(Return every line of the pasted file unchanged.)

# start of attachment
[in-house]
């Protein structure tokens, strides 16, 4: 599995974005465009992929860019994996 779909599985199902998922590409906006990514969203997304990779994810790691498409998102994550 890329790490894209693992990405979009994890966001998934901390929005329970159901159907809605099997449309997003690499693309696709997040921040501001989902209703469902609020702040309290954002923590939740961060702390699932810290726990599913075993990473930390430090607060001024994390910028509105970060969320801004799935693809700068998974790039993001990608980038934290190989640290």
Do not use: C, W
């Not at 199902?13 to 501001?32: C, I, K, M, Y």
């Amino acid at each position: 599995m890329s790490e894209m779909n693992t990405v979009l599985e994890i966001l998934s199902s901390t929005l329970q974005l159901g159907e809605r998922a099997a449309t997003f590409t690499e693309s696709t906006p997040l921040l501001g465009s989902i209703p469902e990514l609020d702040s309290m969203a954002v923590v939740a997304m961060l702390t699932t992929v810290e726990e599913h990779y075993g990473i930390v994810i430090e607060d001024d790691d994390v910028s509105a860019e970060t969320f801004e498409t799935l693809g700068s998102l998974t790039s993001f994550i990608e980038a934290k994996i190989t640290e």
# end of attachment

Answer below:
[in-house]
């Protein structure tokens, strides 16, 4: 599995974005465009992929860019994996 779909599985199902998922590409906006990514969203997304990779994810790691498409998102994550 890329790490894209693992990405979009994890966001998934901390929005329970159901159907809605099997449309997003690499693309696709997040921040501001989902209703469902609020702040309290954002923590939740961060702390699932810290726990599913075993990473930390430090607060001024994390910028509105970060969320801004799935693809700068998974790039993001990608980038934290190989640290």
Do not use: C, W
């Not at 199902?13 to 501001?32: C, I, K, M, Y």
């Amino acid at each position: 599995m890329s790490e894209m779909n693992t990405v979009l599985e994890i966001l998934s199902s901390t929005l329970q974005l159901g159907e809605r998922a099997a449309t997003f590409t690499e693309s696709t906006p997040l921040l501001g465009s989902i209703p469902e990514l609020d702040s309290m969203a954002v923590v939740a997304m961060l702390t699932t992929v810290e726990e599913h990779y075993g990473i930390v994810i430090e607060d001024d790691d994390v910028s509105a860019e970060t969320f801004e498409t799935l693809g700068s998102l998974t790039s993001f994550i990608e980038a934290k994996i190989t640290e």